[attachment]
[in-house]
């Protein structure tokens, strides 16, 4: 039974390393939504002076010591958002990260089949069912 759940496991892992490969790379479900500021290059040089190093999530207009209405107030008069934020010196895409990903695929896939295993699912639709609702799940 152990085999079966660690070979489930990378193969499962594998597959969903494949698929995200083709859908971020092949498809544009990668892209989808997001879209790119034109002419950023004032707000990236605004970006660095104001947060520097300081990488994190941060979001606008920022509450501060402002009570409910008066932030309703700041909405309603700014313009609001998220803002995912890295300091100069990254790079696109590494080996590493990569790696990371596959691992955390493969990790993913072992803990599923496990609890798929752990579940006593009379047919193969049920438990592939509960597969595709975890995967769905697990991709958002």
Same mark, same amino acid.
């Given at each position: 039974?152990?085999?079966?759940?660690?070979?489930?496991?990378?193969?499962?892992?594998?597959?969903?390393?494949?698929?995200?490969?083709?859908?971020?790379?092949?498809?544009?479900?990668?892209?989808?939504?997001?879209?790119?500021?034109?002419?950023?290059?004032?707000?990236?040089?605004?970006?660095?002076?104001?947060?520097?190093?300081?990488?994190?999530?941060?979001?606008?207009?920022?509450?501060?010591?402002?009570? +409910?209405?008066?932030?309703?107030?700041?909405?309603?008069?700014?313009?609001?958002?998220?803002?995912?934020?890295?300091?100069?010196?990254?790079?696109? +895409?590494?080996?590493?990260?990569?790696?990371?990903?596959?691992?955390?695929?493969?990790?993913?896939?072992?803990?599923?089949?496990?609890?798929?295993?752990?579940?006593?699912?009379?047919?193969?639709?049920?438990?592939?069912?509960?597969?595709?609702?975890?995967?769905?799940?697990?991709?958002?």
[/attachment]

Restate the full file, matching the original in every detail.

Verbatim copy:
[in-house]
């Protein structure tokens, strides 16, 4: 039974390393939504002076010591958002990260089949069912 759940496991892992490969790379479900500021290059040089190093999530207009209405107030008069934020010196895409990903695929896939295993699912639709609702799940 152990085999079966660690070979489930990378193969499962594998597959969903494949698929995200083709859908971020092949498809544009990668892209989808997001879209790119034109002419950023004032707000990236605004970006660095104001947060520097300081990488994190941060979001606008920022509450501060402002009570409910008066932030309703700041909405309603700014313009609001998220803002995912890295300091100069990254790079696109590494080996590493990569790696990371596959691992955390493969990790993913072992803990599923496990609890798929752990579940006593009379047919193969049920438990592939509960597969595709975890995967769905697990991709958002």
Same mark, same amino acid.
């Given at each position: 039974?152990?085999?079966?759940?660690?070979?489930?496991?990378?193969?499962?892992?594998?597959?969903?390393?494949?698929?995200?490969?083709?859908?971020?790379?092949?498809?544009?479900?990668?892209?989808?939504?997001?879209?790119?500021?034109?002419?950023?290059?004032?707000?990236?040089?605004?970006?660095?002076?104001?947060?520097?190093?300081?990488?994190?999530?941060?979001?606008?207009?920022?509450?501060?010591?402002?009570? +409910?209405?008066?932030?309703?107030?700041?909405?309603?008069?700014?313009?609001?958002?998220?803002?995912?934020?890295?300091?100069?010196?990254?790079?696109? +895409?590494?080996?590493?990260?990569?790696?990371?990903?596959?691992?955390?695929?493969?990790?993913?896939?072992?803990?599923?089949?496990?609890?798929?295993?752990?579940?006593?699912?009379?047919?193969?639709?049920?438990?592939?069912?509960?597969?595709?609702?975890?995967?769905?799940?697990?991709?958002?």